About face on medical pot

Kelowna City Council has done a complete about face concerning where medical marijuana production facilities can be located.

Following Tuesday's public hearing council agreed to allow marijuana production facilities on agricultural land - a complete reversal from three weeks ago.

"This is an industrial use and not an agricultural use that requires the kinds of servicing and road access that an industrial property would require," Councillor Robert Hobson stated at the time.

"It's (marijuana) not an outdoor crop like corn. To me it makes sense to focus on industrial areas."

Tuesday, council was presented with an amendment to the current agricultural zone bylaw which would, in effect eliminate marijuana production as a permitted use.

"Council defeated the bylaw that would prohibit it and instead instructed staff to come back with a bylaw amendment that would permit it in agricultural zoned lands on a case-by-case basis," says City Clerk, Stephen Fleming.

"This would be an A1-M Zone. Similar to how, if you wanted a carriage home, you would have to rezone to a C Zone."

In essence, Fleming says council decided a prohibition on medical marijuana in agricultural lands is too restrictive.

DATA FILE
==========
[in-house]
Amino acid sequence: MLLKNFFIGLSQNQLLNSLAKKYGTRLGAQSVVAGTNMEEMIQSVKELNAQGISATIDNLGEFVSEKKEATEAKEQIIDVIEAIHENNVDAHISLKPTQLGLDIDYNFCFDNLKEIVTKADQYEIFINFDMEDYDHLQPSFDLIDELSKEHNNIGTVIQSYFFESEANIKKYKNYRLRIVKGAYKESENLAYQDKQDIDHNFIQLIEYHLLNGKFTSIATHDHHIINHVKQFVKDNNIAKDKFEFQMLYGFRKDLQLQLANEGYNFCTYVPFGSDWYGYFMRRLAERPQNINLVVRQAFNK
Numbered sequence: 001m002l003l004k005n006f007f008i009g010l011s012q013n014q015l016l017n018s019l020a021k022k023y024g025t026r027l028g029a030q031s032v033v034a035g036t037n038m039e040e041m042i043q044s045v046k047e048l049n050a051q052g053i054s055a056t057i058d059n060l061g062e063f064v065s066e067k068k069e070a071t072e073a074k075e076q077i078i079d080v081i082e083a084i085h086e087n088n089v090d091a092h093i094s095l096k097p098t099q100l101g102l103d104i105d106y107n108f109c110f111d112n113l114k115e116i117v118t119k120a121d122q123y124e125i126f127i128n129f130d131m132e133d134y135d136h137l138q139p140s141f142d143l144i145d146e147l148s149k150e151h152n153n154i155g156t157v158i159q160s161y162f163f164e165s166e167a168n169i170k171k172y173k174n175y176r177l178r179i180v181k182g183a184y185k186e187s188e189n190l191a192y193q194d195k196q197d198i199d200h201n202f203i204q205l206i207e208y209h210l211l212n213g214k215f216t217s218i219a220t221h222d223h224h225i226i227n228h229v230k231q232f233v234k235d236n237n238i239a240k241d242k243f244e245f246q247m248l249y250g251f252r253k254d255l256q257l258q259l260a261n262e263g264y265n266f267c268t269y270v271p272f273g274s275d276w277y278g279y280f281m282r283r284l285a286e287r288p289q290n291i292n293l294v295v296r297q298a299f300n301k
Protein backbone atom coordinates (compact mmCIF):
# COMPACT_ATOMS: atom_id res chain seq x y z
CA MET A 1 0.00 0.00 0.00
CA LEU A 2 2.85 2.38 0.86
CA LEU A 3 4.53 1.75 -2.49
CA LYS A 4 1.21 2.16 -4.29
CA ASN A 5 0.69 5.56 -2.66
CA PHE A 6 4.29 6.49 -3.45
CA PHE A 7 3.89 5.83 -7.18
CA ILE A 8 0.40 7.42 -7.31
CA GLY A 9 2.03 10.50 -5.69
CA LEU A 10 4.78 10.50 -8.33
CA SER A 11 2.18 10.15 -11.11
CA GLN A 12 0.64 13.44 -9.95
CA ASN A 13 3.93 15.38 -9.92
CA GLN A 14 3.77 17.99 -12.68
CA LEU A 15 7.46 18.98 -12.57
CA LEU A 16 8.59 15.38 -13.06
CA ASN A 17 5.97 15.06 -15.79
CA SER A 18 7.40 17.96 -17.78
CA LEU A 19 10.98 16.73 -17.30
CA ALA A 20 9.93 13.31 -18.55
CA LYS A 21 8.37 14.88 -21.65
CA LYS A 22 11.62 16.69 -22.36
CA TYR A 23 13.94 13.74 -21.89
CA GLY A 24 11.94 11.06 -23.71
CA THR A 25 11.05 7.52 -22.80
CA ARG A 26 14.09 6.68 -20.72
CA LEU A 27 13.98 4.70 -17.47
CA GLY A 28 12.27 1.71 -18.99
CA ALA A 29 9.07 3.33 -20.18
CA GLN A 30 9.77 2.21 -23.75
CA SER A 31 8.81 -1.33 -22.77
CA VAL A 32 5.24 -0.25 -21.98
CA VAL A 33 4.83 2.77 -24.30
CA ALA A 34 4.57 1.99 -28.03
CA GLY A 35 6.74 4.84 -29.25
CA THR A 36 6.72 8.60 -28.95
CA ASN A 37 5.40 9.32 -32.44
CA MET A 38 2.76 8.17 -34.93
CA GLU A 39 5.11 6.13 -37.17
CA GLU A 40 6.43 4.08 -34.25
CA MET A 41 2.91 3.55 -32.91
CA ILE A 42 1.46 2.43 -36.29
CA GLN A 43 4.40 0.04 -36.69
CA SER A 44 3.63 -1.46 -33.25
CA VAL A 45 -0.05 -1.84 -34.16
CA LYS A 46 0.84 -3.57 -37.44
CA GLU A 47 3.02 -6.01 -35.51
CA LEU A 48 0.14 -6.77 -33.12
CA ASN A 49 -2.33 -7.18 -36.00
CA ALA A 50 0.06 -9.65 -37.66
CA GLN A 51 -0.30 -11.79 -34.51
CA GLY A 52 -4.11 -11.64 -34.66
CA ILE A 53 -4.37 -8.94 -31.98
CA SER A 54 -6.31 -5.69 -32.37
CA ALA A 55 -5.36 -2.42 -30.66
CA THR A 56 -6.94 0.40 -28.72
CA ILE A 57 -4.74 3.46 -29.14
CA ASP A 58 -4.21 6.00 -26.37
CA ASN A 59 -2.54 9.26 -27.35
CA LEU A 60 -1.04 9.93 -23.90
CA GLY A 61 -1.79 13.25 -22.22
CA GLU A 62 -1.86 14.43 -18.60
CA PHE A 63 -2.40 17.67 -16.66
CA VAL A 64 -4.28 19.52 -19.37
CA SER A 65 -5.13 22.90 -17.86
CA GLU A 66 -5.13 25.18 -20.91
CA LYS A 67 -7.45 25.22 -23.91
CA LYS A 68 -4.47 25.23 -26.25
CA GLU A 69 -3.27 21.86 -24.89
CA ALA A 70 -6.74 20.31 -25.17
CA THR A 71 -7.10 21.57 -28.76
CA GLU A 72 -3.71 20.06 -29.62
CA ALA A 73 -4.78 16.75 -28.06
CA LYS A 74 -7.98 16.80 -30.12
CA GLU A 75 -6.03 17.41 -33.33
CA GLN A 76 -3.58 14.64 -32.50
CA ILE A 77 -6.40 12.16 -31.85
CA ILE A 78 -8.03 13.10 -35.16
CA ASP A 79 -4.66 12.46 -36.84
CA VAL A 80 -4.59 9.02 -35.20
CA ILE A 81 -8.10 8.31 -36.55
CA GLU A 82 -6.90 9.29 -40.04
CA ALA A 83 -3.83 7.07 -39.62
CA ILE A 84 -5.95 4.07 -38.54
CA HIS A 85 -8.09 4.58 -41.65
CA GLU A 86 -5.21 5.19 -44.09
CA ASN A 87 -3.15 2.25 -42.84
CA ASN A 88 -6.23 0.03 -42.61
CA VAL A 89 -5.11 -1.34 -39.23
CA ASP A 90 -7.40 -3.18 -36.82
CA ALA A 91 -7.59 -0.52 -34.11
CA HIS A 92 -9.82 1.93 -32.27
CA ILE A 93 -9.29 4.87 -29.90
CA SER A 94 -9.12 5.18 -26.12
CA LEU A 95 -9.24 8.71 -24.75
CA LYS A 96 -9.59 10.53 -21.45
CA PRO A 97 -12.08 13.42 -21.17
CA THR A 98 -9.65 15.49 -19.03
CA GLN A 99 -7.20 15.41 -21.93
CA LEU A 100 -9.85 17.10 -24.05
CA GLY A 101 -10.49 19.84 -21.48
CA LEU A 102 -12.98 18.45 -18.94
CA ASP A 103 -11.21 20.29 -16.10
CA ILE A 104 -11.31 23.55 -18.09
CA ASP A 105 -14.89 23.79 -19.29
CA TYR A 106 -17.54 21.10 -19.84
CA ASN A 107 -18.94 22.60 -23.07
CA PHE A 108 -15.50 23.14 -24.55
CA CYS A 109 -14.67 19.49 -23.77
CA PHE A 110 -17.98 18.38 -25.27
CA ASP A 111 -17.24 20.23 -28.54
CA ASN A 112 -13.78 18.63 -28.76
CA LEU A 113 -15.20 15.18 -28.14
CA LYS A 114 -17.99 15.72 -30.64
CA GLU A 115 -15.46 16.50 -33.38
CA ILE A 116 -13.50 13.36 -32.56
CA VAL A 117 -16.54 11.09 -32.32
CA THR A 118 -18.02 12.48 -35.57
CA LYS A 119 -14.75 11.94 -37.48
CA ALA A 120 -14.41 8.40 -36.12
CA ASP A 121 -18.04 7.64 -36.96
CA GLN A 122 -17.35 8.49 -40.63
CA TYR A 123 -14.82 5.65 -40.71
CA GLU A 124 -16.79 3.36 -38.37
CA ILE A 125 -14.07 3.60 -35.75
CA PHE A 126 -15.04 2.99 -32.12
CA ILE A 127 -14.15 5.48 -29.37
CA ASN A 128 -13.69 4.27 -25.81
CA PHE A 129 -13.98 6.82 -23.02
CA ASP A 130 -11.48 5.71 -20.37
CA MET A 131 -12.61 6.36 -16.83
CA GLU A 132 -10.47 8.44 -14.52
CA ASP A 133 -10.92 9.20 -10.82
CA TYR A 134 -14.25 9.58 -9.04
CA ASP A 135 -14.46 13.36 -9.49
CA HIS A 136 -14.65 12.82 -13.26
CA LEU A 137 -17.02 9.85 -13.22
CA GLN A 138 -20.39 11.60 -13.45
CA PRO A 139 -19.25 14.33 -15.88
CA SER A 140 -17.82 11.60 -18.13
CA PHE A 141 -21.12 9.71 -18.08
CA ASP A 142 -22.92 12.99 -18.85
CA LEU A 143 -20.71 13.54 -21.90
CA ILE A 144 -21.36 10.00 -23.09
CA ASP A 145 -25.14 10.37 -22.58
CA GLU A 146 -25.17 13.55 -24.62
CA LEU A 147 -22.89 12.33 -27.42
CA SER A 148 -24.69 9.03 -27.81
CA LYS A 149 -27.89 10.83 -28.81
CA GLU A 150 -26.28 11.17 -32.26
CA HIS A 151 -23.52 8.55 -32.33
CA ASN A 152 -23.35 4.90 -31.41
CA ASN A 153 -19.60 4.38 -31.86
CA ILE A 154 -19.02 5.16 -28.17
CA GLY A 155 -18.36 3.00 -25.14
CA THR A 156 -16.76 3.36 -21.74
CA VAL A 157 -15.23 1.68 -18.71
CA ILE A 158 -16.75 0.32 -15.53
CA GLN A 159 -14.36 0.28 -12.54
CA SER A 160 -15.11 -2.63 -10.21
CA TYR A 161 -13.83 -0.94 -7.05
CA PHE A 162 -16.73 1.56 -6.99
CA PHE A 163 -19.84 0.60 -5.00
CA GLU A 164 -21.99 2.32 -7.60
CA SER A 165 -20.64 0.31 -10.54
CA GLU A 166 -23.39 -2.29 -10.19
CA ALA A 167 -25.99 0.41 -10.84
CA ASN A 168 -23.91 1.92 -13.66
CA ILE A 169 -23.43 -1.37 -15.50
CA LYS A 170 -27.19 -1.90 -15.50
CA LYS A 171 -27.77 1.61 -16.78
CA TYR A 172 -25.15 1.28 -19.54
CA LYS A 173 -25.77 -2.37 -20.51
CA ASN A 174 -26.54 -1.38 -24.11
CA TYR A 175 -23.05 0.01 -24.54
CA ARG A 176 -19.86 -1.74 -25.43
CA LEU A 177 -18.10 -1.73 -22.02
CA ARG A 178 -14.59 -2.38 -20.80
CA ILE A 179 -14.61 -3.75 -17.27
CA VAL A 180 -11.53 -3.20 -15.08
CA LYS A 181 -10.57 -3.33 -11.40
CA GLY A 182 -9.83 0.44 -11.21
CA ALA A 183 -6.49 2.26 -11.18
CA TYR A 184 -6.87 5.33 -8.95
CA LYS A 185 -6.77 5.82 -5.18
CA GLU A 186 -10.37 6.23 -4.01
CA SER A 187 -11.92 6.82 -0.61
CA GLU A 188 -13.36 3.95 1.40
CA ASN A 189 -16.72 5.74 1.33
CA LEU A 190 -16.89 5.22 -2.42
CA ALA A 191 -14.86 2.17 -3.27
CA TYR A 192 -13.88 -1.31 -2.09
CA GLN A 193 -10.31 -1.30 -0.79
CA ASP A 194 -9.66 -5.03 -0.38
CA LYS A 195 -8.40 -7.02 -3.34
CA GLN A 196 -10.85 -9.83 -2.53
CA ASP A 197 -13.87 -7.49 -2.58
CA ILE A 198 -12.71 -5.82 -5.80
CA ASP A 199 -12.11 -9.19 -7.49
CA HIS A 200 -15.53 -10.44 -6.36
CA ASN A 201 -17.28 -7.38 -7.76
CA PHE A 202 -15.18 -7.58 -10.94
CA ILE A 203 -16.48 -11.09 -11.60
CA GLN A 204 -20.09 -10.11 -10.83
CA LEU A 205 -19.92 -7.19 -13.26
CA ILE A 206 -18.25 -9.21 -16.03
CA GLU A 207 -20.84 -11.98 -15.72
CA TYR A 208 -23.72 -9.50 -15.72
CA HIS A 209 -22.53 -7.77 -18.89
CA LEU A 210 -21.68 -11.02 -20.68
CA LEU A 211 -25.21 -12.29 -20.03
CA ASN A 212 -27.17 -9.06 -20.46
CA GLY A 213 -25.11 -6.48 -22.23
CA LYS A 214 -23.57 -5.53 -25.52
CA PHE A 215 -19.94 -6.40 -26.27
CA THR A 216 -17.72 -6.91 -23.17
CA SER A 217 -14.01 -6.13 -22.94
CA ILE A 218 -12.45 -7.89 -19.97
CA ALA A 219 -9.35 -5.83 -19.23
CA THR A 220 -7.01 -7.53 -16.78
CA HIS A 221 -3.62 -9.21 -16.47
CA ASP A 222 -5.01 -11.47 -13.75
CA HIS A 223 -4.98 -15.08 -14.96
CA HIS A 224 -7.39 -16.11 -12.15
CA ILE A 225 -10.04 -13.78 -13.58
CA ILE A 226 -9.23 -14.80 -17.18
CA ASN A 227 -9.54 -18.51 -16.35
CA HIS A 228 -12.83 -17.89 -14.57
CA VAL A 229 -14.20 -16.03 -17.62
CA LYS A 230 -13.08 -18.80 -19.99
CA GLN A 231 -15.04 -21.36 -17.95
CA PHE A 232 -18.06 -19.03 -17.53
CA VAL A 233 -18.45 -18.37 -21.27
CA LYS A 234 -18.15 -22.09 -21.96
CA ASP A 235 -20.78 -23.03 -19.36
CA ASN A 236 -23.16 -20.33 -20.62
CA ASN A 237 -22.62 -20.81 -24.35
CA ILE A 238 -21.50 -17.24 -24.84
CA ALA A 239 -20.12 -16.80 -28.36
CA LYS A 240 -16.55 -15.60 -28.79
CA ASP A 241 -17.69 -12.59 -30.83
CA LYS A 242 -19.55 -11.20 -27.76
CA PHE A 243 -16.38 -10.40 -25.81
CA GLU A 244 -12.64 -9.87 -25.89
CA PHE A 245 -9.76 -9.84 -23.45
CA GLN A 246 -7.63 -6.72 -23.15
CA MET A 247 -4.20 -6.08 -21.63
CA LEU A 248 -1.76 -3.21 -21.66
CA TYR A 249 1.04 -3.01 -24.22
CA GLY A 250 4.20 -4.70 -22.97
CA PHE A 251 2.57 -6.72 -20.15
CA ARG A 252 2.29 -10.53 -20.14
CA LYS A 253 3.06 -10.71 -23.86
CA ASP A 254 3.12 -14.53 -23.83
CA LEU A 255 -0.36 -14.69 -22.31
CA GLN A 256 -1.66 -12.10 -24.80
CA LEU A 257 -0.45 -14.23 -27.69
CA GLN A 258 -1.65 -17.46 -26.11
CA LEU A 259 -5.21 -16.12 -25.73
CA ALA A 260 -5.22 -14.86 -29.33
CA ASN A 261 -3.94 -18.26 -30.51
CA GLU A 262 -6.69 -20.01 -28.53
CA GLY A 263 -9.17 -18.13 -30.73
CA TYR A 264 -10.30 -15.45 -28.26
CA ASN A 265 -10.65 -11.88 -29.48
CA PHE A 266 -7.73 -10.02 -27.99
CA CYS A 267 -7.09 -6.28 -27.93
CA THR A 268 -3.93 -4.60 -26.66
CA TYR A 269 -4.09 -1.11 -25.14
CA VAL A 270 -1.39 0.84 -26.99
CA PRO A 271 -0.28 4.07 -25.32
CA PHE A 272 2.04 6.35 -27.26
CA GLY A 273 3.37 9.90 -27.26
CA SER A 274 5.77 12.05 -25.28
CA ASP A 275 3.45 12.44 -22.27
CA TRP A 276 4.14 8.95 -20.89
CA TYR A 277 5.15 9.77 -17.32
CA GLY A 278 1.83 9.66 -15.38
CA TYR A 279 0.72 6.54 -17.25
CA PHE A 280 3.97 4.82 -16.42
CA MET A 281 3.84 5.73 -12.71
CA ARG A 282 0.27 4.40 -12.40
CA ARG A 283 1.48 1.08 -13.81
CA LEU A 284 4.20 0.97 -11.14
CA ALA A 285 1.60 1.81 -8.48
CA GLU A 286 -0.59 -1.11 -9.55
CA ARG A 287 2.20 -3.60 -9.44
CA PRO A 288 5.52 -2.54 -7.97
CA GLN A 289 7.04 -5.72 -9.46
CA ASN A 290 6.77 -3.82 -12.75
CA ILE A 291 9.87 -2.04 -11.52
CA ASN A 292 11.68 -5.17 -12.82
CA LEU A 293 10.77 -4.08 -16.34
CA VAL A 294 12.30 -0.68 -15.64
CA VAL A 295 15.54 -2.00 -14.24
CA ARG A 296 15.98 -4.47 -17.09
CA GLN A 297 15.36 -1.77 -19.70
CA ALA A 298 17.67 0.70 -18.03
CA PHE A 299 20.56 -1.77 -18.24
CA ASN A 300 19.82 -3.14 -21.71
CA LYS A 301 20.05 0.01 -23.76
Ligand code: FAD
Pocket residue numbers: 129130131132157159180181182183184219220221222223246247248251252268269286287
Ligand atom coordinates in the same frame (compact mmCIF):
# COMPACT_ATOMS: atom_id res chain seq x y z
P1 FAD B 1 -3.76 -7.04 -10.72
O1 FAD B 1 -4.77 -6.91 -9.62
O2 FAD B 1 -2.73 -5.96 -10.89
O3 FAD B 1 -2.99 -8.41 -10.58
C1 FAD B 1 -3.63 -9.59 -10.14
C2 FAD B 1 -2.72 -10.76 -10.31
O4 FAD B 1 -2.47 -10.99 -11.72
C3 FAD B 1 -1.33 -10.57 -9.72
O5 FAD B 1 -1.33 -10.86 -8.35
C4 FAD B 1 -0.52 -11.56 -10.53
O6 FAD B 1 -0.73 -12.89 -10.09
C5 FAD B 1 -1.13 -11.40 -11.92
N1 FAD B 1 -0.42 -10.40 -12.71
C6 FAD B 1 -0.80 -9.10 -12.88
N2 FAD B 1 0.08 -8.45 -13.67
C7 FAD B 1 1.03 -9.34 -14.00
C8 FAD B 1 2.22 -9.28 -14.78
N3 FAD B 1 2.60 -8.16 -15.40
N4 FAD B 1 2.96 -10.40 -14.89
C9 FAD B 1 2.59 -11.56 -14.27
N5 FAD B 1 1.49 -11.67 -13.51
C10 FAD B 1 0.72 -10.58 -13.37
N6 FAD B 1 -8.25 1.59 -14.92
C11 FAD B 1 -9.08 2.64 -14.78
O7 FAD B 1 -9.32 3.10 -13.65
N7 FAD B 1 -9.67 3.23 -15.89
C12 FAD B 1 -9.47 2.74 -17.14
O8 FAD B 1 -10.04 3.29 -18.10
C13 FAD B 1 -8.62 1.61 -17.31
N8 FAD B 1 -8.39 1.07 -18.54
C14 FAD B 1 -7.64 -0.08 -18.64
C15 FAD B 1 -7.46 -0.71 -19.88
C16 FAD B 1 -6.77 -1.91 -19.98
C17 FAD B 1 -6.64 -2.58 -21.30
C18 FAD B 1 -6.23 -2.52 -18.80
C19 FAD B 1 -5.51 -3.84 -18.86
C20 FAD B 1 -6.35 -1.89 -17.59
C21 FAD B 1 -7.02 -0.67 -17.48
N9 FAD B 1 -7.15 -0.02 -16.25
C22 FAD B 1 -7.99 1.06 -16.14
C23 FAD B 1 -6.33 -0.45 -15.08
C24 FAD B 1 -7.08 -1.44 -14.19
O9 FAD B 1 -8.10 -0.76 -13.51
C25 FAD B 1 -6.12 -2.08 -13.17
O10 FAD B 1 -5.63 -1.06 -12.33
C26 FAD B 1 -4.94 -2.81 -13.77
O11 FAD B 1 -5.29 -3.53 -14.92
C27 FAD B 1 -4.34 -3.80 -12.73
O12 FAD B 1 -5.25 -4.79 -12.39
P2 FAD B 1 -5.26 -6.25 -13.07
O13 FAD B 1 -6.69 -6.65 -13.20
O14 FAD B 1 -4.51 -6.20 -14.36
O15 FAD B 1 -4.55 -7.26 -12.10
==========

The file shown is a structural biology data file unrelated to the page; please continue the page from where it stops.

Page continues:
Council agreed by a 5-2 vote.

Because council did not believe all A1 parcels of land were suitable, Fleming says staff was asked to craft a bylaw including where appropriate buildings should be located, setbacks etc.

"Staff will need to come back with the wording on a zone for what we are going to call A1-M. That will go to a public hearing process as well."

While that was happening council also agreed to give second and third readings to a bylaw allowing medical marijuana facilities in industrial areas zoned I2, I3 and I4.

City Clerk, Stephen Fleming says that bylaw will now be forwarded to the Ministry of Transportation and Infrastructure for approval before the council can give it fourth and final reading.

Additionally, council asked that properties within I1 zones be included with the other industrial zones.

Staff will now be tasked with crafting that additional to the original Industrial Zone bylaw.

The changes were made necessary after Health Canada decided to scrap the current Marijuana for Medical Purposes Regulations effective March 31.

Under the old system, licence holders could produce medical marijuana anywhere within the city.

The new system, beginning April 1, will restrict production facilities to areas designated by individual communities and regional districts.

At the present time there are more than 1,000 licenced medical marijuana facilities in Kelowna.

Fleming says to date about 20 people have contacted the city with various levels of interest in obtaining a medical marijuana production licence through Health Canada.


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